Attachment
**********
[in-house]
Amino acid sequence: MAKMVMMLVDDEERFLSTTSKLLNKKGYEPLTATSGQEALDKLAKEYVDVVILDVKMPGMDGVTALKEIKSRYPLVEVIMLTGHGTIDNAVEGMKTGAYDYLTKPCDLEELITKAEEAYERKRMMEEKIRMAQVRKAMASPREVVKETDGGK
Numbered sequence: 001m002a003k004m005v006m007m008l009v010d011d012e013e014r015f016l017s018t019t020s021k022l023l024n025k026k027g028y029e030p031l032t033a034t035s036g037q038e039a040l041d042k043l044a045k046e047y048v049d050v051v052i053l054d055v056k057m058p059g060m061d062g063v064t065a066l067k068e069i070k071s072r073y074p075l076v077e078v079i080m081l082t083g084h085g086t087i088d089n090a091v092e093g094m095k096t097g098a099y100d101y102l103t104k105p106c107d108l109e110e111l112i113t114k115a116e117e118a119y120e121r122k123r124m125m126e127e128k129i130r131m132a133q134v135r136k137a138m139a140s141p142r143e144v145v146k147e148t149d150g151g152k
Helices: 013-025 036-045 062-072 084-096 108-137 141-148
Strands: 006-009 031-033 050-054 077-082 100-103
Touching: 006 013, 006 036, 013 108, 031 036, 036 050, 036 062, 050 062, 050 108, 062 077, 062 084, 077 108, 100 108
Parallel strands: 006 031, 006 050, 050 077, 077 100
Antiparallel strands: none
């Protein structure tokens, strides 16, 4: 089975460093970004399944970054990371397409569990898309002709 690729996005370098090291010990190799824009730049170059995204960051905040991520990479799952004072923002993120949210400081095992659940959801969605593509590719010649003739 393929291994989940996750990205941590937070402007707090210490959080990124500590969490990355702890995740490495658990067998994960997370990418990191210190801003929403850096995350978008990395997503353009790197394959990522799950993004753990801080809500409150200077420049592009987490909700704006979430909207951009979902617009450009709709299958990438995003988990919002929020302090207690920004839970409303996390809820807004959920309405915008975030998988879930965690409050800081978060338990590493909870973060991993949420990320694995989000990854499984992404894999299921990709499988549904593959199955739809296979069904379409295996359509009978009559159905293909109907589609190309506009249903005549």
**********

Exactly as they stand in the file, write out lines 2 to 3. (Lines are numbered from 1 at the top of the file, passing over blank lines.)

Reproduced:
Amino acid sequence: MAKMVMMLVDDEERFLSTTSKLLNKKGYEPLTATSGQEALDKLAKEYVDVVILDVKMPGMDGVTALKEIKSRYPLVEVIMLTGHGTIDNAVEGMKTGAYDYLTKPCDLEELITKAEEAYERKRMMEEKIRMAQVRKAMASPREVVKETDGGK
Numbered sequence: 001m002a003k004m005v006m007m008l009v010d011d012e013e014r015f016l017s018t019t020s021k022l023l024n025k026k027g028y029e030p031l032t033a034t035s036g037q038e039a040l041d042k043l044a045k046e047y048v049d050v051v052i053l054d055v056k057m058p059g060m061d062g063v064t065a066l067k068e069i070k071s072r073y074p075l076v077e078v079i080m081l082t083g084h085g086t087i088d089n090a091v092e093g094m095k096t097g098a099y100d101y102l103t104k105p106c107d108l109e110e111l112i113t114k115a116e117e118a119y120e121r122k123r124m125m126e127e128k129i130r131m132a133q134v135r136k137a138m139a140s141p142r143e144v145v146k147e148t149d150g151g152k